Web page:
Legal separation can bring relationship clarity & focus: Part II

Earlier this week, we began a discussion about legal separation. For most couples, it provides an opportunity for reflection about the relationship as well as a break from the cyclical patterns of negativity and argument.

For other couples, however, legal separation merely delays the divorce process because one spouse or both spouses fail to use the time and distance conscientiously. In today’s post, we’ll discuss how couples can add productive structure to their separation.

In a recent Huffington Post column, a licensed clinical social worker named Terry Gaspard shares some tips on setting goals and staying in the right mindset during separation. The first task, Gaspard says, it to set boundaries for each of you as well as expectations.

Some of these may be obvious and others completely foreign. In either case, discussion and agreement are crucial. During this time:

  • Are you allowed to date other people?
  • How much should you be calling or physically seeing your spouse?
  • Should you be engaging in sexual activity with one another?
  • Do you want to pursue counseling or other structured relationship work?

Gaspard notes (and others would agree) that if dating other people is allowed, there should be a ban on engaging in sexual activity with others. Not only could this seriously hurt your spouse, it could also complicate your own feelings about the relationship.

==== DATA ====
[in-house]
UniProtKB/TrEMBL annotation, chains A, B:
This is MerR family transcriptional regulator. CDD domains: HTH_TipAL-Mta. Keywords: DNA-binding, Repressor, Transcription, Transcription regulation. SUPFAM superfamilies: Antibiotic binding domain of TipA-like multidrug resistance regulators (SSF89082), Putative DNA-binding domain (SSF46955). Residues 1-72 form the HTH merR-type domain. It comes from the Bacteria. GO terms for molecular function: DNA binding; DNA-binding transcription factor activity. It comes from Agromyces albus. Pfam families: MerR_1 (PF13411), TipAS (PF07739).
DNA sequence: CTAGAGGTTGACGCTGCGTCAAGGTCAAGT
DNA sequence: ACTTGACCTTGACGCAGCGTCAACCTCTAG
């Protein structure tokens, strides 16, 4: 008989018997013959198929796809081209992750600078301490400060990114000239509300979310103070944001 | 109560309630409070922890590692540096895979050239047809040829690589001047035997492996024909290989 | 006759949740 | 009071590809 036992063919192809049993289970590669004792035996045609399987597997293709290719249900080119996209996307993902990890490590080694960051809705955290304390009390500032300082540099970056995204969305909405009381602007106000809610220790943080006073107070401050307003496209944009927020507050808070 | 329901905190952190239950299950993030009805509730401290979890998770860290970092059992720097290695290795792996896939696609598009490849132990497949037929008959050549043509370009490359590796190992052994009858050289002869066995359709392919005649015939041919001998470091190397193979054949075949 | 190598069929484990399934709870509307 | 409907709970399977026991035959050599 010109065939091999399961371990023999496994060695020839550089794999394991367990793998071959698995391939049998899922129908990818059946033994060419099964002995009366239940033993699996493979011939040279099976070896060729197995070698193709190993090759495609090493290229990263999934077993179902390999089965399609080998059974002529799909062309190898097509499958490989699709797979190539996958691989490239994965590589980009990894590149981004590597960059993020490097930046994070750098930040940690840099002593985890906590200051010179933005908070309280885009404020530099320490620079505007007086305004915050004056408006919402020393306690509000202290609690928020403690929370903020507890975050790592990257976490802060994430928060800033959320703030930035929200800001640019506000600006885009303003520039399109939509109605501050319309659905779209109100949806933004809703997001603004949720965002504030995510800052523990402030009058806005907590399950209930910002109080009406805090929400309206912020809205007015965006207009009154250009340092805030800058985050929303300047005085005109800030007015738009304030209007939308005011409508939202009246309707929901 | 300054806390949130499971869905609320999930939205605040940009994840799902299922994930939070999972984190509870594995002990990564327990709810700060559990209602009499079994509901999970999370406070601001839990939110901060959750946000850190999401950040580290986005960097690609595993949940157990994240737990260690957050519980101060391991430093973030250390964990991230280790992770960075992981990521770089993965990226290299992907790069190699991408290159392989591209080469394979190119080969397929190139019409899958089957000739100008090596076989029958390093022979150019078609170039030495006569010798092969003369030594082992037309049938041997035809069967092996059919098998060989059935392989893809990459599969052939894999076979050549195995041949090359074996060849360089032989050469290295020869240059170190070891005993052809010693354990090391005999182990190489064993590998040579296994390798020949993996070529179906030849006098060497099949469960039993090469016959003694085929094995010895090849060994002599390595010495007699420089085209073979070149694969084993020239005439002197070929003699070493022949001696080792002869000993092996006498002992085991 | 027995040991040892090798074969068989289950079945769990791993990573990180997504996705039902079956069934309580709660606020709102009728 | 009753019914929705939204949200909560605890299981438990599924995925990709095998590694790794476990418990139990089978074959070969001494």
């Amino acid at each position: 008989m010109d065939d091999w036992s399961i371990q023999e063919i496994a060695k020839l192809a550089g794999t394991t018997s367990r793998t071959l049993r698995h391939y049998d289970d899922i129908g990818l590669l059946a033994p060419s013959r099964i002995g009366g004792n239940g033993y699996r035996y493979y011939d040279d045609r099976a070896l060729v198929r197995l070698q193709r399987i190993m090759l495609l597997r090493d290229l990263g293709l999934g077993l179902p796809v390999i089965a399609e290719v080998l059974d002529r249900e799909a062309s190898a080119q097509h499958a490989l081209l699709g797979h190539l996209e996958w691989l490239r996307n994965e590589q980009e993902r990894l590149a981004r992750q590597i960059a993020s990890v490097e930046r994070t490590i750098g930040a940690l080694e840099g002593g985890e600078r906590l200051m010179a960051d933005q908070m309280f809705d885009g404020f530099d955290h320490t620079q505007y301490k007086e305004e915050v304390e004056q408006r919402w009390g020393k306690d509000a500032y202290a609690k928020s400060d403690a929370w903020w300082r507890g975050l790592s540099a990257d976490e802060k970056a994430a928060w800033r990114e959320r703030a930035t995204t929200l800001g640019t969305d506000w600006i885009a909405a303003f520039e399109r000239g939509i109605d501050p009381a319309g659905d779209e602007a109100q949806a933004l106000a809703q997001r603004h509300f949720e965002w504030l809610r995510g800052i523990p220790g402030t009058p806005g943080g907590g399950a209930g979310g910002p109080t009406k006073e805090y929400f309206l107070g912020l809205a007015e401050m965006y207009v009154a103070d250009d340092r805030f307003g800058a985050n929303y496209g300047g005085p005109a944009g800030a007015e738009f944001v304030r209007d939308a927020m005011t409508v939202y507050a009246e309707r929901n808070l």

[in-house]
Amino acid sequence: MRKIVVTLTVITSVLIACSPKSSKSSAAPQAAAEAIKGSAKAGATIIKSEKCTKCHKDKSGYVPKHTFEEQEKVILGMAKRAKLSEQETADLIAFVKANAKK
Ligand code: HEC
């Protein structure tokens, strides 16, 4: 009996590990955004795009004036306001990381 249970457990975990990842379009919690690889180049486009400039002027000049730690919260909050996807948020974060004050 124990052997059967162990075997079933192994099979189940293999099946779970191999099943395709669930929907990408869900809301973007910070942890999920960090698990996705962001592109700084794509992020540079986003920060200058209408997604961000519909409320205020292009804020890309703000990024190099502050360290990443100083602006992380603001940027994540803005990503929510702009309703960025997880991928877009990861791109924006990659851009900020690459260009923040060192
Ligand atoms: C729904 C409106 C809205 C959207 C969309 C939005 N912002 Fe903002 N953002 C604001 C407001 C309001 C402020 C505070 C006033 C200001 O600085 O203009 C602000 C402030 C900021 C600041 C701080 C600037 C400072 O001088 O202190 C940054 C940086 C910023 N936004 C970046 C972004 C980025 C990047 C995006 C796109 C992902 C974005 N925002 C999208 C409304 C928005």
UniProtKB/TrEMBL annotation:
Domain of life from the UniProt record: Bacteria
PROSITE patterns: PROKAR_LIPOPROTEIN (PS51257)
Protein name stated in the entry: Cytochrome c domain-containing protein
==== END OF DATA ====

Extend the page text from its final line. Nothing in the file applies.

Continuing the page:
During this time, you should also set clear goals for yourself and communicate clearly with your spouse. A separation can be a great opportunity to learn more about yourself, including what you want from the relationship. But it should also be a time to reflect on what your contributions to the relationship have been (both positive and negative).

Finally, if you are keeping reconciliation open as a goal, Gaspard says, you need to “stay positive and connected with your partner.” Some people may be using legal separation only to test out whether they could handle divorced life. If that’s your main priority, it may be a self-fulfilling mindset.

No matter what you ultimately decide to do – stay together or get divorced – it may be a good idea to seek help and advice from an experienced family law attorney in order to handle the legal issues related to both divorce and separation.

Source: The Huffington Post, “Does Taking a Break From Your Relationship Postpone the Inevitable?” Terry Gaspard, April 3, 2015

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